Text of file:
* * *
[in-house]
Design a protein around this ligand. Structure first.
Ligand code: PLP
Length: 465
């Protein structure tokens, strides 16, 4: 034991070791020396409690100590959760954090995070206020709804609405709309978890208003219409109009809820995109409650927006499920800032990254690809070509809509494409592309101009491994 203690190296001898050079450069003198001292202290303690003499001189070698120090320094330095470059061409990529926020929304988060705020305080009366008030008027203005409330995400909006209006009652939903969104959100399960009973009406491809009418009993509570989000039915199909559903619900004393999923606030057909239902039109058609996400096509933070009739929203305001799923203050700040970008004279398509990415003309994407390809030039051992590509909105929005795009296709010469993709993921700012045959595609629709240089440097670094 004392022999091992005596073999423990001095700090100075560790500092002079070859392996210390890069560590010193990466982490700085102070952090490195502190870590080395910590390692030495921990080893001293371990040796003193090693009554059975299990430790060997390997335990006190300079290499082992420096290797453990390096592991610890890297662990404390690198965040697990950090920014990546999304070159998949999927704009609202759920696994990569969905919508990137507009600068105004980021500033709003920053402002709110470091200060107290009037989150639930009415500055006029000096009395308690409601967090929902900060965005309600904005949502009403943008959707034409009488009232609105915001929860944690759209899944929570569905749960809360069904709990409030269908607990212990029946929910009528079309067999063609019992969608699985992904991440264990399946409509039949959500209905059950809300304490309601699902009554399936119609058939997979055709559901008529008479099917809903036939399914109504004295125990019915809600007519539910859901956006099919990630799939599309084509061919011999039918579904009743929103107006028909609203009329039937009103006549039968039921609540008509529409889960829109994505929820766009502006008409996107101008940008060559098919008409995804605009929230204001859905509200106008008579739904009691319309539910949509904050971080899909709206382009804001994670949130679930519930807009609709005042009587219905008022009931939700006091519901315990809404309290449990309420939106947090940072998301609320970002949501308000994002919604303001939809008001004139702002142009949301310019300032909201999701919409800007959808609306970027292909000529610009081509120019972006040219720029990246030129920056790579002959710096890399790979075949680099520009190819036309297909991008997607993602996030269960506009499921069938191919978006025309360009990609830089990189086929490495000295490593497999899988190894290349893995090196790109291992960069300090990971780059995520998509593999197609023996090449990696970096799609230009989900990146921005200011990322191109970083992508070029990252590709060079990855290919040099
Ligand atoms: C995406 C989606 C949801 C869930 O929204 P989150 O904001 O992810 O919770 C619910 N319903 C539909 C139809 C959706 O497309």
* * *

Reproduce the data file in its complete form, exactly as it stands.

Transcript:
[in-house]
Design a protein around this ligand. Structure first.
Ligand code: PLP
Length: 465
């Protein structure tokens, strides 16, 4: 034991070791020396409690100590959760954090995070206020709804609405709309978890208003219409109009809820995109409650927006499920800032990254690809070509809509494409592309101009491994 203690190296001898050079450069003198001292202290303690003499001189070698120090320094330095470059061409990529926020929304988060705020305080009366008030008027203005409330995400909006209006009652939903969104959100399960009973009406491809009418009993509570989000039915199909559903619900004393999923606030057909239902039109058609996400096509933070009739929203305001799923203050700040970008004279398509990415003309994407390809030039051992590509909105929005795009296709010469993709993921700012045959595609629709240089440097670094 004392022999091992005596073999423990001095700090100075560790500092002079070859392996210390890069560590010193990466982490700085102070952090490195502190870590080395910590390692030495921990080893001293371990040796003193090693009554059975299990430790060997390997335990006190300079290499082992420096290797453990390096592991610890890297662990404390690198965040697990950090920014990546999304070159998949999927704009609202759920696994990569969905919508990137507009600068105004980021500033709003920053402002709110470091200060107290009037989150639930009415500055006029000096009395308690409601967090929902900060965005309600904005949502009403943008959707034409009488009232609105915001929860944690759209899944929570569905749960809360069904709990409030269908607990212990029946929910009528079309067999063609019992969608699985992904991440264990399946409509039949959500209905059950809300304490309601699902009554399936119609058939997979055709559901008529008479099917809903036939399914109504004295125990019915809600007519539910859901956006099919990630799939599309084509061919011999039918579904009743929103107006028909609203009329039937009103006549039968039921609540008509529409889960829109994505929820766009502006008409996107101008940008060559098919008409995804605009929230204001859905509200106008008579739904009691319309539910949509904050971080899909709206382009804001994670949130679930519930807009609709005042009587219905008022009931939700006091519901315990809404309290449990309420939106947090940072998301609320970002949501308000994002919604303001939809008001004139702002142009949301310019300032909201999701919409800007959808609306970027292909000529610009081509120019972006040219720029990246030129920056790579002959710096890399790979075949680099520009190819036309297909991008997607993602996030269960506009499921069938191919978006025309360009990609830089990189086929490495000295490593497999899988190894290349893995090196790109291992960069300090990971780059995520998509593999197609023996090449990696970096799609230009989900990146921005200011990322191109970083992508070029990252590709060079990855290919040099
Ligand atoms: C995406 C989606 C949801 C869930 O929204 P989150 O904001 O992810 O919770 C619910 N319903 C539909 C139809 C959706 O497309």